Following our tradition, the Passage reopens with a pearl post. Because I've recently received inquiries about what to do with 'not quite you' pearls, I've dressed the windows in reno ideas.
By far my most frequent inquiry concerns Mom's or your own necklace of 5mm-6mm akoyas, the classic wedding strand, now too short and small. Why not restyle, provided Mom won't pitch a fit?
Not all the pearls may be salvageable; body oil, cosmetics and especially perfume may have degraded the pearl's surface.
Left: Pick the best five or six pearls and combine them with beads; this example from Jan Logan shows white freshwaters combined with lagoon-blue Amazonite rounds and ovals, a graceful way to incorporate sentimental pearls into a new piece. (Amazonite is very reasonably priced; this piece is $AU 585).
Centre: Combine the pearls with new freshwaters and the more contemporary wire-wrapping. Example: Kojima Company's "Winter Blossom" necklace, which combines not only sizes but varieties and colours. This style is also a good solution if the pearls were originally a graduated strand.
Right: Here's an idea for the woman who finds a necklace too heavy, or prefers a casual piece. The example is Mallory Marks pearl collage necklace: sapphire beads—some tumbled, one faceted—with one Tahitian 11mm pearl (but you could use any pearl variety), and several small pearls; 18k chain.
Seed or rice pearls
Another reader wrote, "I have my mother-in-law's torsade of seed pearls, bought on a 1981 cruise. They are not 'me' at all... but it seems a shame to discard them."
You can still find such pieces still sold by mainstream jewellers, and they do carry a retro whiff. But tiny, lustrous seed pearls have a distinct charm, and if good quality, can live again in a hipper new design.
Left, the original cruise souvenir; right, the seed pearls treated as 'chain', with baroque Tahitians added. The piece shown showcases 8.5 mm Tahitians, from West Main Pearls.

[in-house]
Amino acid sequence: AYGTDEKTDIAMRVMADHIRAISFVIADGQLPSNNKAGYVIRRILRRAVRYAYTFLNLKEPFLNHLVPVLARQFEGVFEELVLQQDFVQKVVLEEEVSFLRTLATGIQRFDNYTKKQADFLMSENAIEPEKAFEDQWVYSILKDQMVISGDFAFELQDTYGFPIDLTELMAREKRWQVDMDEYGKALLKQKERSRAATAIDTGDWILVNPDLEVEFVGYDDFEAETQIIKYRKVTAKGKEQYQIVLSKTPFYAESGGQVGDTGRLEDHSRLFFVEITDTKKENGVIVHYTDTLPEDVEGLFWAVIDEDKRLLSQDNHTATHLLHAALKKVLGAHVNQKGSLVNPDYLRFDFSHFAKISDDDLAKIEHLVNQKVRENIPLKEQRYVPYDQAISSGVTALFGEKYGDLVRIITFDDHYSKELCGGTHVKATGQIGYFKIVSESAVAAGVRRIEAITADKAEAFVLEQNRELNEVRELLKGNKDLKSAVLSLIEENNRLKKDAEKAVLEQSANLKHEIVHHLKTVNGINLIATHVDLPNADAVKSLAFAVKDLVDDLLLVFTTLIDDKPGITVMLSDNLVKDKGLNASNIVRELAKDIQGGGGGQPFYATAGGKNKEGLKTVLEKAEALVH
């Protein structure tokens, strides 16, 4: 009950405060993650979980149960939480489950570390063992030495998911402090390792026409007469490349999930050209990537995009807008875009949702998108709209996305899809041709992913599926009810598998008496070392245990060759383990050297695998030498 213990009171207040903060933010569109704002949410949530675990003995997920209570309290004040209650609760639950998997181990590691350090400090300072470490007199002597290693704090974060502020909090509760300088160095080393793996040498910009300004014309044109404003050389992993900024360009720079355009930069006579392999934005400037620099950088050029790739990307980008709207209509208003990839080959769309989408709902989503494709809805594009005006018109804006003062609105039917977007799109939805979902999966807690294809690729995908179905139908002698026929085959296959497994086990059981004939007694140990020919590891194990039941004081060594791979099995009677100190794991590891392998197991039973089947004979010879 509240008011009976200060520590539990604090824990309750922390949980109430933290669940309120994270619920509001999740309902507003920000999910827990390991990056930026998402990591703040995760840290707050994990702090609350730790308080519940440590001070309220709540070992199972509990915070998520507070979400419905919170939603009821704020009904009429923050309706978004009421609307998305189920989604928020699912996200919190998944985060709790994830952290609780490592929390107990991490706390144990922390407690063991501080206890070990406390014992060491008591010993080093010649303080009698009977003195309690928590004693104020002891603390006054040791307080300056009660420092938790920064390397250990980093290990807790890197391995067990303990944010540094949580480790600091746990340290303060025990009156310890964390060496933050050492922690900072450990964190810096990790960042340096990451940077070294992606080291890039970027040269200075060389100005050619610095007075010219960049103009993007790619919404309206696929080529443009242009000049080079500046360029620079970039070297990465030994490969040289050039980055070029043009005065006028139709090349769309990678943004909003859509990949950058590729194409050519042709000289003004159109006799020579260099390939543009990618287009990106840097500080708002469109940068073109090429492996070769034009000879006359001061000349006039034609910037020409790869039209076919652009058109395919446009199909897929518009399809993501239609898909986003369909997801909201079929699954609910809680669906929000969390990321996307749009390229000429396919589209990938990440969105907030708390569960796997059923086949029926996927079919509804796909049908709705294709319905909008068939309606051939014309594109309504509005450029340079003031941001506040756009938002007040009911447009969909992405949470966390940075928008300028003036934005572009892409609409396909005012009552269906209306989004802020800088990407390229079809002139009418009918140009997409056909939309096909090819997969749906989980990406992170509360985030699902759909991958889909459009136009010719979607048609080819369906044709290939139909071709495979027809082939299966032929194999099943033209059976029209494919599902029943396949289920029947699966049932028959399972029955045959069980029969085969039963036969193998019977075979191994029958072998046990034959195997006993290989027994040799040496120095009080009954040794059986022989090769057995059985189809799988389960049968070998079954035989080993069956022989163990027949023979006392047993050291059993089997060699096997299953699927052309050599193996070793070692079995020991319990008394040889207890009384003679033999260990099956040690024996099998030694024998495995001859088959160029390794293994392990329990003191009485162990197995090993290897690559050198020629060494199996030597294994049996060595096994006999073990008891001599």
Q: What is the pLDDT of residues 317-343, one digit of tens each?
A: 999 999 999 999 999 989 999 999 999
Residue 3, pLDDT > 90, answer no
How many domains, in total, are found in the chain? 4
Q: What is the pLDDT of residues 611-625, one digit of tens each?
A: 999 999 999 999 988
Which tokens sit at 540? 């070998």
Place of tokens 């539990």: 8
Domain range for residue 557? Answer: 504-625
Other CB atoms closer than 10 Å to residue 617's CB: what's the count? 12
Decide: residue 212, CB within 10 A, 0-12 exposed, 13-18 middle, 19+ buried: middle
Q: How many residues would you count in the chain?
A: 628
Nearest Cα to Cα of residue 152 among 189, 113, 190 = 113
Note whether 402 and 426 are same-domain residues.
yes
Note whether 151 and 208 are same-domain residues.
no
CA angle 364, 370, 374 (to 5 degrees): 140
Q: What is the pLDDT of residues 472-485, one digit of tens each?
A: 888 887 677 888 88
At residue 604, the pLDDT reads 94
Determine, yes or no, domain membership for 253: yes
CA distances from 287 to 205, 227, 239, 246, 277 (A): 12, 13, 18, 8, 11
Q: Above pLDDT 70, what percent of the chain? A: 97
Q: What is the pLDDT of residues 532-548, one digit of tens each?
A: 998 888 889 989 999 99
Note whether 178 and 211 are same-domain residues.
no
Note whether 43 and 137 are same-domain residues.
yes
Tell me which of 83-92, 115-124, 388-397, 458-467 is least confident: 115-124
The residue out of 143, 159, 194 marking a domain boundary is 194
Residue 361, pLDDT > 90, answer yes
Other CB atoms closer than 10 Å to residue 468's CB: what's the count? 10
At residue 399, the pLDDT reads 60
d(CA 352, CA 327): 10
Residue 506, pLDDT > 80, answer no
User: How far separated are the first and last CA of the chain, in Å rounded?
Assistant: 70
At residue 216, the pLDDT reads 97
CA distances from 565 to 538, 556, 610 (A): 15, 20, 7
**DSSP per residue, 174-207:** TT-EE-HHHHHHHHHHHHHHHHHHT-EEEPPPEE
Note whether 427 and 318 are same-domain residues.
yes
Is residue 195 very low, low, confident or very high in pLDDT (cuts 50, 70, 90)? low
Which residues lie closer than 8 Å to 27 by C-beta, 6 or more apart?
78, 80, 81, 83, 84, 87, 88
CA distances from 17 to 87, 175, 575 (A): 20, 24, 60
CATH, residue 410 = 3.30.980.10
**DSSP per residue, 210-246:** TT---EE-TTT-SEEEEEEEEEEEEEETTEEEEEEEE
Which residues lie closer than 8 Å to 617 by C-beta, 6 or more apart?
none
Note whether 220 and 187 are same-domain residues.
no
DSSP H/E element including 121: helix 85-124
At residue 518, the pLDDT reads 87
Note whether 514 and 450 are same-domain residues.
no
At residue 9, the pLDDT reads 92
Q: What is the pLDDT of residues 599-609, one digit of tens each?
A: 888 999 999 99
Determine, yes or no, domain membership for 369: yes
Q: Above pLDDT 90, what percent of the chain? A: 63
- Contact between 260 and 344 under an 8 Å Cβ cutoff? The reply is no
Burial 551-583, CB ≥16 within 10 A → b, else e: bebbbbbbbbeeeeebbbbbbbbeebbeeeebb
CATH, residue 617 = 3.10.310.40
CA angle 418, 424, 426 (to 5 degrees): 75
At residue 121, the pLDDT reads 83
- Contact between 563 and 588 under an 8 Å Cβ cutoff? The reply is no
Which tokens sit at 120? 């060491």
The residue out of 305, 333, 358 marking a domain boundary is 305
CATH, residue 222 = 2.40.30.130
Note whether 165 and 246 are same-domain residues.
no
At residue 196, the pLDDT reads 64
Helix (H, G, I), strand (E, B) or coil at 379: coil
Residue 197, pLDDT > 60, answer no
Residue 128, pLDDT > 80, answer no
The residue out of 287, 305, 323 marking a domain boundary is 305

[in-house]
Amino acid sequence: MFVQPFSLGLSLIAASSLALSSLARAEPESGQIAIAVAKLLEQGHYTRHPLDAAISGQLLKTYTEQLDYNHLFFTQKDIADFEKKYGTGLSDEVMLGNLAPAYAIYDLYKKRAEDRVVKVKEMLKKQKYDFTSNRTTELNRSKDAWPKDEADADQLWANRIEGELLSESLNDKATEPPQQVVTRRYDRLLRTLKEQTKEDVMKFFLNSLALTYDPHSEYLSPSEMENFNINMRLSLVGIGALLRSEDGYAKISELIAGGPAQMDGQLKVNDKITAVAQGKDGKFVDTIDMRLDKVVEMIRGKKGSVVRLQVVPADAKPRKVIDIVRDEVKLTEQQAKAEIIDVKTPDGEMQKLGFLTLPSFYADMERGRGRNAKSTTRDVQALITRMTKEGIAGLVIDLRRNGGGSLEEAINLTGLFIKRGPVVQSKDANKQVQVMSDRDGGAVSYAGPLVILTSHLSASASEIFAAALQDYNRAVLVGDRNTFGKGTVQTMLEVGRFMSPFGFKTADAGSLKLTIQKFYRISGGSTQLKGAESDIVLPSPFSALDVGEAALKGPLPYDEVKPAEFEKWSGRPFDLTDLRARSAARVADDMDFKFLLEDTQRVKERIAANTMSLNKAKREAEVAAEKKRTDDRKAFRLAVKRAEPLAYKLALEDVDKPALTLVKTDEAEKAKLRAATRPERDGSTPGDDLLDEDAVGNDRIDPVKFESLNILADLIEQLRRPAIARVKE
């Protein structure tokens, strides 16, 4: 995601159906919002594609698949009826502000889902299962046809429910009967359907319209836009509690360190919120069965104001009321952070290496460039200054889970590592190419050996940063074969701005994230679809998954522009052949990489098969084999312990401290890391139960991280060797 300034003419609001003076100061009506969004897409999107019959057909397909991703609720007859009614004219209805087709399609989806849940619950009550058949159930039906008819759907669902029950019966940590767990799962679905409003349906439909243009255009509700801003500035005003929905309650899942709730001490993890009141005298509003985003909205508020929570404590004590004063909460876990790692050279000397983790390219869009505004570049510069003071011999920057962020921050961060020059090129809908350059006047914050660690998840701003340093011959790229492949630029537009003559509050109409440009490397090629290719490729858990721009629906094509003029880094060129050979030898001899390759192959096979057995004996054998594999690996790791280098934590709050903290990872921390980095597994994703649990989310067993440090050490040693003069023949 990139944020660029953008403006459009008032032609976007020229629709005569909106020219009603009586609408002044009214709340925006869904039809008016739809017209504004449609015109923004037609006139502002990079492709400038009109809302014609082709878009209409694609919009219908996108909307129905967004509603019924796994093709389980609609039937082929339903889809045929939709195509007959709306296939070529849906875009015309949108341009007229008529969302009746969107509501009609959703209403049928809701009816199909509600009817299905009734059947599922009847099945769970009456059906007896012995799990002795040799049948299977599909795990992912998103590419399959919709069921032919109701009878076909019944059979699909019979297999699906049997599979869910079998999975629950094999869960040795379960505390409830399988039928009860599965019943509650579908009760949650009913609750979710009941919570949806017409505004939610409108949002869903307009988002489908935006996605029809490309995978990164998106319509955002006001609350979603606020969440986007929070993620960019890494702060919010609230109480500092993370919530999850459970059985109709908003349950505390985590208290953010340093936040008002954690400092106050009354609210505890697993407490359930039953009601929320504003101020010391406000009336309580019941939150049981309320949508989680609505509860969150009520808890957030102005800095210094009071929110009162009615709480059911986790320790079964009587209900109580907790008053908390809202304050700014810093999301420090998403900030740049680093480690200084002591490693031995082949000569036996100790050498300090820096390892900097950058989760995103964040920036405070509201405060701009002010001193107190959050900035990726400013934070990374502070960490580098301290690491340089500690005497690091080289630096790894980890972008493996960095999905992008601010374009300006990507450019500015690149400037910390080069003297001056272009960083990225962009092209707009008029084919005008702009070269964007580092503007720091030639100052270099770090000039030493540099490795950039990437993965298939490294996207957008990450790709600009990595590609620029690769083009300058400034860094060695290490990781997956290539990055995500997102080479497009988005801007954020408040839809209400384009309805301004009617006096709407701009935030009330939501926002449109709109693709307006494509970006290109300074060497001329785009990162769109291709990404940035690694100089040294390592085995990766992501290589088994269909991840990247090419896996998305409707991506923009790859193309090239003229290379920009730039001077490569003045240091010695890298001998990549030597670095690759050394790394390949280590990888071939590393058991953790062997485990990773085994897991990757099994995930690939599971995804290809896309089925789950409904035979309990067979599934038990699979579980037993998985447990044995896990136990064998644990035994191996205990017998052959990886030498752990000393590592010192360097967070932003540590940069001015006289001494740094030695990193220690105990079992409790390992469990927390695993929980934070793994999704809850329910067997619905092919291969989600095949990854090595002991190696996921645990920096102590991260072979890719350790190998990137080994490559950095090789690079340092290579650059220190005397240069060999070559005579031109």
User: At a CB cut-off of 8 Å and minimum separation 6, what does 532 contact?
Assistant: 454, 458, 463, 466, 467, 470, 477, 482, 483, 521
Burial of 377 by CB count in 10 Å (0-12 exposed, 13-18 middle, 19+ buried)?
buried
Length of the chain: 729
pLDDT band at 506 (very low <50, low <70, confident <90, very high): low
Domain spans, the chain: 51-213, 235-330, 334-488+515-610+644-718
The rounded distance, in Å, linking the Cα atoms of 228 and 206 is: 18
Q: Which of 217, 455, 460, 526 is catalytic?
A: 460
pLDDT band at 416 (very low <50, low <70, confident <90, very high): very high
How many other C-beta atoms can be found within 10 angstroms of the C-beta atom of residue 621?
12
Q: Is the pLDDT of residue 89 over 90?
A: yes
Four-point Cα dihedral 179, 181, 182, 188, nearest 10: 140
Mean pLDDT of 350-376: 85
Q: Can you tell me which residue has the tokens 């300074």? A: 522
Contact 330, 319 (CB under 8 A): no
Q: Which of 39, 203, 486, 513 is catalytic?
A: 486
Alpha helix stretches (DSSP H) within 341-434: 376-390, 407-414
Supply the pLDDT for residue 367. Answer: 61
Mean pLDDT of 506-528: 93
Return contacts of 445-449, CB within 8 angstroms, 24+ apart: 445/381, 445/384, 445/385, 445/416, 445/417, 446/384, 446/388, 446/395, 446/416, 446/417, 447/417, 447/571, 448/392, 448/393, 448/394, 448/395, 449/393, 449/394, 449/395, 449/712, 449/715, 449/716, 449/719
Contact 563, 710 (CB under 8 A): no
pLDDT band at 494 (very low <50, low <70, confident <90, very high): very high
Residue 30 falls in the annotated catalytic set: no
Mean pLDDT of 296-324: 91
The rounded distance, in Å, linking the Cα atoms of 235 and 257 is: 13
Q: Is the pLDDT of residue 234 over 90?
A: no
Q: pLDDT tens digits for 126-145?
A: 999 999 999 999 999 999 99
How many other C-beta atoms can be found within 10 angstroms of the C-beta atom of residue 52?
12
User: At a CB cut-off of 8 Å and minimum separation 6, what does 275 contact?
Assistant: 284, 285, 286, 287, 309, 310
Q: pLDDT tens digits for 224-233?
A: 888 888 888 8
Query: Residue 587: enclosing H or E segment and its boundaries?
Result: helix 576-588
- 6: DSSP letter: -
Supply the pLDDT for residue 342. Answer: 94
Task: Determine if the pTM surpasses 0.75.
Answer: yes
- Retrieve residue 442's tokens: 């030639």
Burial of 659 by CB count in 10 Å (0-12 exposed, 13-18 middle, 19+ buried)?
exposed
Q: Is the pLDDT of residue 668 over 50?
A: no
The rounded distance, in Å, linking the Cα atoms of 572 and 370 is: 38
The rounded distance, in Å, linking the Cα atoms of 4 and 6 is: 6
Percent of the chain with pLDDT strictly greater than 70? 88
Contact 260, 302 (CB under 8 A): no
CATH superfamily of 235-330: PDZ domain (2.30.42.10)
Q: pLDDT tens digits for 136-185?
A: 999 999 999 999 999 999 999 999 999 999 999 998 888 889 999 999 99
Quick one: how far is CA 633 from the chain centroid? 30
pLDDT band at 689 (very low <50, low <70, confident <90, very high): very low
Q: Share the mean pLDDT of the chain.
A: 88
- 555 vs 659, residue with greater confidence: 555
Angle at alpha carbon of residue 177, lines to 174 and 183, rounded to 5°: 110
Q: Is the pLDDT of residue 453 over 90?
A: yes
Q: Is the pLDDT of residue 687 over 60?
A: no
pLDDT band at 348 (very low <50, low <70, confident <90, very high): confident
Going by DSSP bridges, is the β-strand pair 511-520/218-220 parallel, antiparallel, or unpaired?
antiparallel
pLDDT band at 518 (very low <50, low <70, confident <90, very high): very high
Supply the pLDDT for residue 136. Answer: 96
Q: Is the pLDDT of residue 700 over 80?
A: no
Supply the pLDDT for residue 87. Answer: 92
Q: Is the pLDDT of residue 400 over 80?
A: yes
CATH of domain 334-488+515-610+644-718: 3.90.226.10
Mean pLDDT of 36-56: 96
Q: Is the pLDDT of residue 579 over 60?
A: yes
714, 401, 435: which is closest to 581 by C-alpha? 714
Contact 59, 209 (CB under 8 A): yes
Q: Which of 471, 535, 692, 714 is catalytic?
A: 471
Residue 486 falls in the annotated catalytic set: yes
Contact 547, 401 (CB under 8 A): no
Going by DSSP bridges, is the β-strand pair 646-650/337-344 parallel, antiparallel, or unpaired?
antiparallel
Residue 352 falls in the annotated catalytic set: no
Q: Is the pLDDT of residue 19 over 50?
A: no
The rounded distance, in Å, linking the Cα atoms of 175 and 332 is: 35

"Oh! You shouldn't have!"
Ah, this is a delicate matter—and I would take the reno road only if an exchange is not possible. (But I would not wear unflattering pearls because you did not want to have the conversation.)
Assuming these are natural coloured gold South Seas, that's a costly misstep. Though you can't dye pearls like a pair of shoes, you can tweak their effect through artful composition, by breaking up that swath of gold with other coloured materials.
Two takes on restyling gold pearls: left, some of the golds mixed with Tahitian baroque and keshis, example from WestMain Pearls. Grey leavens the 'goldiness' and varied shapes make the necklace less formal.
Right, a multistrand necklace of brown and white crystals, white pearls, gold (dyed) pearls, and gold seed beads by NewJulianasCreations.The cost for adding crystal strands would be modest, and I would get top grade glowy freshwater whites for the contrast colour.
Where to get more pearls?
You can consult a good jeweller, or look yourself among these or similar web-based vendors. Below, examples of the company's goods that I might use in the renos above.
Ehret Design Gallery
Pearl dealer Carolyn Ehret sells on eBay, but the cautions of buying on eBay do not pertain to her store, which specializes in high-quality pearls and gemstones. When mixing the classic akoyas into a wire-wrap, five circled Tahitians that flash multi-colours would be one of the varieties to add; the lot shown is about $US 35. Also great for findings such as gold spacers.
Kojima Pearl Company
Kojima carry a selection of unusual pearls from singles to lots of five or so, and you can contact them for larger lots, or a mix. For those gold South Seas, I'd use these dyed grey keshi (just over $100)... and maybe scatter in a few rondelle beads for fun.
This eBay seller, from whom I have not bought pearls, but where I routinely look, has 100% positive feedback. You can also find gemstone beads, like these tanzanite rondelles, which would look terrific in that akoya "collage" restyle.
Framed, with love
If your pearls are sentimental, but you would never wear them, consider framing! This example is from LoveLightSparkles on Etsy, but you could play with your own design. Visit a craft store to buy a shadowbox, mount the necklace with pushpins, perhaps against a backdrop of an old photo or striking patterned paper, and you'll have a gracious memento.